I reject yet another invitation to spend Christmas with the Windsor-Mountbattens.
I gave in one year - I wasn’t feeling well, and cannot describe you truly awful it was. I refused to wear formal attire, and they didn’t take kindly to this. Being vegetarian was frowned on also, and for Christmas lunch I had a plateful of lukewarm mashed turnips. I think that was Philip’s idea. At lunch, the womenfolk all wore paper hats, while the chaps each had one of Liz’s spare tiaras. Apart from the turnip joke, Philip’s idea of merriment was to pretend that Timmy Laurence (who was dressed in naval uniform, God knows why, not many ships in bloody
The worst moments were when Fergie turned up and banged on the window trying to get in. Everyone affected to ignore her, although Andy didn’t fare too well – he spent sixteen minutes trying to cut his roast potato with the blunt side of the knife. It could be argued that this was just normal for him, but he was not his normal cheerful moronic self. Eventually the old ratbag was carried away screaming across the lawn by two secret service chaps.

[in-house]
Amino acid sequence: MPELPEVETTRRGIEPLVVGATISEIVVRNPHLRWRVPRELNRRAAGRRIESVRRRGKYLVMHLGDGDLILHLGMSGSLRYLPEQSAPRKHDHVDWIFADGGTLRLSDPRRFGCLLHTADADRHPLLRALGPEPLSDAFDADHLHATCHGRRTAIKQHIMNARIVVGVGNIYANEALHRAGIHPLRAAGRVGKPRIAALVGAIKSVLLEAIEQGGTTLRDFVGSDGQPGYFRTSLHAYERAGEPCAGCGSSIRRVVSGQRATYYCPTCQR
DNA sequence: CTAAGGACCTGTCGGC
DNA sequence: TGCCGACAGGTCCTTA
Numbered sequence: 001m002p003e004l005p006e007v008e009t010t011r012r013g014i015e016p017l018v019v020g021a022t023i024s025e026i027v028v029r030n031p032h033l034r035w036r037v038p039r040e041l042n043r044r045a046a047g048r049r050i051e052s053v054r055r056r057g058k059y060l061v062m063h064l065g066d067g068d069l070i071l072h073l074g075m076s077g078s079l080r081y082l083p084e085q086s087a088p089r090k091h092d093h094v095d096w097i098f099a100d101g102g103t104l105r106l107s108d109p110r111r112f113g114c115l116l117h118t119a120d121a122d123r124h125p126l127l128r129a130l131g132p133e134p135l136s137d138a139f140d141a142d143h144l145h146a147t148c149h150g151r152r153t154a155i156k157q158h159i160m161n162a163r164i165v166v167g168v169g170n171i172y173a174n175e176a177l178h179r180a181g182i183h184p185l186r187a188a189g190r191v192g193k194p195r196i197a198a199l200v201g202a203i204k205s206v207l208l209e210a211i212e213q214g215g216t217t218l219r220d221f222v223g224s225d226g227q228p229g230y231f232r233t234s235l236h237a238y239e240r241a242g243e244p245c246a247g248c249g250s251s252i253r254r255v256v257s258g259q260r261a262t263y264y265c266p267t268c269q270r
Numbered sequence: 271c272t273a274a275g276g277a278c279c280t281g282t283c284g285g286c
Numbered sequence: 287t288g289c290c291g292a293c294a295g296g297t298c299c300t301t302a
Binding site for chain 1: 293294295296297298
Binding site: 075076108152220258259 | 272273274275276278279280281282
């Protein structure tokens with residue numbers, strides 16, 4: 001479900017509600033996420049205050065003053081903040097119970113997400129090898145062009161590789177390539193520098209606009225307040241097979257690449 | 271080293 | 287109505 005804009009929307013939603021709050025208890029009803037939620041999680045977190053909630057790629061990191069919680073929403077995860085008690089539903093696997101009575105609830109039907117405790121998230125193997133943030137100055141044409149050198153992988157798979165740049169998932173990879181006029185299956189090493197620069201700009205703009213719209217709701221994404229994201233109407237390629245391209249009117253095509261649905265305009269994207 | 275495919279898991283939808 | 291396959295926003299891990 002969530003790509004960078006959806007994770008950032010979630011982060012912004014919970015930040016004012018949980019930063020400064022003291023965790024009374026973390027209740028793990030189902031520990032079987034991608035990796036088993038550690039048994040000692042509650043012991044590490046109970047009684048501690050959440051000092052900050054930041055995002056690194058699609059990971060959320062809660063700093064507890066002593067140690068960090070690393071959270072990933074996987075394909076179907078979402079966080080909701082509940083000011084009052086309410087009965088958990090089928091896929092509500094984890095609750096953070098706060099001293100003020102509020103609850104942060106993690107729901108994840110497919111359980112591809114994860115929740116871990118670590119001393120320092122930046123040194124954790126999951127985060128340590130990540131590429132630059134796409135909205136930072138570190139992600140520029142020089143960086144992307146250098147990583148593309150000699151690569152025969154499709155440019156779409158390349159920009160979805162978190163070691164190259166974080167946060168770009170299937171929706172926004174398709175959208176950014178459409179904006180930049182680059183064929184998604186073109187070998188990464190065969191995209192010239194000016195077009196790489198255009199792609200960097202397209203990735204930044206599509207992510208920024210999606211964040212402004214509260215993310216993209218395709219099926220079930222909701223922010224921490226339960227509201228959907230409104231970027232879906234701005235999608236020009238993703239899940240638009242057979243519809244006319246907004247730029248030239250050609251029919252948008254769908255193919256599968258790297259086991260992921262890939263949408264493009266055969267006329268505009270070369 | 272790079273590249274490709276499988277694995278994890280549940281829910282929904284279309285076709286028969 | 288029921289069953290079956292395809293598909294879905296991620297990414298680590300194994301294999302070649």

After lunch, Charles wandered off to make a telephone call, Phil and Anne had a blazing row about whether the sum of the IQs of her husbands reached 60 or some such, the York children played a game based, as far as I could tell, on Elizabeth the first and Mary queen of Scots. I was left with bloody Teddy, who seemed to think I was some sort of theatrical sort, despite my telling him several times that I had never been in ‘Brideshead’, and started telling me some bollocknumbingly dull story about Peggy Ashcroft.
At we were forced to gather round the television. We knew what to expect, and were not surprised when as soon as the programme started Liz put on her
After that little episode, new year with John and Norma Major was positively refreshing.